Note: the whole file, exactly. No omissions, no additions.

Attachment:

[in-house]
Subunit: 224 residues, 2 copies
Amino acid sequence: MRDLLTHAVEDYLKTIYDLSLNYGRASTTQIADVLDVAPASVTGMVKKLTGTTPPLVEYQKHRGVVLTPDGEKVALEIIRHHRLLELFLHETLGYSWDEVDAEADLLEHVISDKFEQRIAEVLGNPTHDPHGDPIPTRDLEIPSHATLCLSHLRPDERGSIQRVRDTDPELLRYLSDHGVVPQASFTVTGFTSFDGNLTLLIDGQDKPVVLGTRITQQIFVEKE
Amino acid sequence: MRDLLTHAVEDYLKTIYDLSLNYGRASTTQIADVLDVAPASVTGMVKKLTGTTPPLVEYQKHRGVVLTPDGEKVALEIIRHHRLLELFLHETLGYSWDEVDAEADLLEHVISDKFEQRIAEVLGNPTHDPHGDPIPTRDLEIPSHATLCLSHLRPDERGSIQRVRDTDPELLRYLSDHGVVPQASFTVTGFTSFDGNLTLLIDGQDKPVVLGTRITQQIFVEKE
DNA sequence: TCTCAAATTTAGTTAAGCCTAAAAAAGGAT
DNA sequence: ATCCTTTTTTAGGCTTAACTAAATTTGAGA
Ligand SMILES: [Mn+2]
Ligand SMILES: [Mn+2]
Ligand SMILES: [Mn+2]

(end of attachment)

[in-house]
Subunit: 224 residues, 2 copies
Amino acid sequence: MRDLLTHAVEDYLKTIYDLSLNYGRASTTQIADVLDVAPASVTGMVKKLTGTTPPLVEYQKHRGVVLTPDGEKVALEIIRHHRLLELFLHETLGYSWDEVDAEADLLEHVISDKFEQRIAEVLGNPTHDPHGDPIPTRDLEIPSHATLCLSHLRPDERGSIQRVRDTDPELLRYLSDHGVVPQASFTVTGFTSFDGNLTLLIDGQDKPVVLGTRITQQIFVEKE
Amino acid sequence: MRDLLTHAVEDYLKTIYDLSLNYGRASTTQIADVLDVAPASVTGMVKKLTGTTPPLVEYQKHRGVVLTPDGEKVALEIIRHHRLLELFLHETLGYSWDEVDAEADLLEHVISDKFEQRIAEVLGNPTHDPHGDPIPTRDLEIPSHATLCLSHLRPDERGSIQRVRDTDPELLRYLSDHGVVPQASFTVTGFTSFDGNLTLLIDGQDKPVVLGTRITQQIFVEKE
DNA sequence: TCTCAAATTTAGTTAAGCCTAAAAAAGGAT
DNA sequence: ATCCTTTTTTAGGCTTAACTAAATTTGAGA
Ligand SMILES: [Mn+2]
Ligand SMILES: [Mn+2]
Ligand SMILES: [Mn+2]